Ethical, organic, vegan… halal? The newest beauty buzzword is as close to home as they come. No surprises here. Over 60% of Malaysia’s population practise Islam, and stylish Muslim women here have been at the forefront of a contemporary expression of faith through fashion (exhibit A: When modest fashion designer Hana Tajima launched her first collection with Uniqlo, it was in South East Asia with Yuna as the face; exhibit B: FashionValet).
Naturally, the next step would be to look for beauty brands that share the same principles. Enter new online beauty platforms PrettySuci and mySMINK. Both websites offer an array of beauty and grooming products spanning skincare, makeup, haircare and bodycare that have been halal-certified by JAKIM or are in the process of obtaining certification.
“Some are awaiting their halal certification from JAKIM, they have shared with us the documentation and their application numbers,” PrettySuci founders YM Tunku Dato’ Kaiyisah and Natasha Ozeir told ELLE. “We know that it is not easy or cheap to obtain certification, therefore we welcome those brands who share and aspire to produce halal certified products but cannot wait as long before they can launch their products.”
But what makes a beauty product halal? According to the director of JAKIM’s Halal Hub Division Dato’ Dr. Sirajuddin bin Suhaimee, these are the requirements that must be met for a product to be certified halal:
1. It does not contain any part of a human being (i.e keratin and placenta).
2. It does not contain any part of animal prohibited by shariah law (i.e pork derived ingredients like gelatine, glycerine, collagen).
3. Instruments used to process the cosmetics are not contaminated with najs (defined as filth, including things that are not permissible such as pigs, and their derivatives, blood, carrion, fluids or objects discharged from humans or animals, such as urine, excrements, blood, vomit and pus).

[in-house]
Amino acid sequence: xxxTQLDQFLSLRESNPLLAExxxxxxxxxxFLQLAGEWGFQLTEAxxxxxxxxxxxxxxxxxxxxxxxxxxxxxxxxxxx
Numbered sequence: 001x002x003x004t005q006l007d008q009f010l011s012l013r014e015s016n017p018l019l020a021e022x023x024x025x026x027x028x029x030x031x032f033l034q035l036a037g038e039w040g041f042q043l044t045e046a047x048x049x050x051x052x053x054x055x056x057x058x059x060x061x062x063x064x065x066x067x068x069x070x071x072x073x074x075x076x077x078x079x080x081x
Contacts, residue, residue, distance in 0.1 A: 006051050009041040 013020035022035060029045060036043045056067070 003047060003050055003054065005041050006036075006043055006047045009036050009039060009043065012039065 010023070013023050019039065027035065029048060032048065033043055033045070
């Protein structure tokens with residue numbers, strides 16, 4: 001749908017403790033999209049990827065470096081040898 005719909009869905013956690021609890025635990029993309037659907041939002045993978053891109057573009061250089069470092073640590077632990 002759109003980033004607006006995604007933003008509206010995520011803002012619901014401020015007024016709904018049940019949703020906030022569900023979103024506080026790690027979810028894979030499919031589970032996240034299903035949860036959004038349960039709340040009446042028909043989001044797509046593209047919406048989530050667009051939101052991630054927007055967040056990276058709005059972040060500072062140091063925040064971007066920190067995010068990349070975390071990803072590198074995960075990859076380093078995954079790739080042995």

4. The product must not be hazardous or poisonous to health.
“These days, people are very aware and careful with what they put on their skin, so we’ve made it mandatory for all products to provide us with a complete list of ingredients which we’ve listed on our site,” said mySMINK founders Nadia and Diana Nasimuddin.
Unlike PrettySuci, MySMINK also offers products that don’t have halal certification, but their certified halal products are listed on a dedicated tab on the website to ease your shopping experience. Diana and Nadia added that it’s important for MySMINK to focus on Malaysian beauty brands, though they plan to eventually expand to the South East Asian region soon.
“All this gives our local beauty brands the opportunity to build an international audience,” the duo said. “Think of the times as a consumer in Malaysia that you’ve wanted to shop on sites like ColourPop or Pat McGrath Labs. A lot of the time it’s hard to justify the shipping fees when you want just one or two items. But mySMINK helps eradicate that issue by giving consumers the option to shop multiple brands on a single platform.”
The halal beauty industry is only set to grow, as beauty companies slowly begin to acknowledge demand from a group of customers who have not necessarily been catered to in the past. We look forward to seeing halal brands develop as the ethical and organic brands before it, and to Muslim beauty aficionados having access to a full lineup of safe, effective beauty products they can take comfort in using.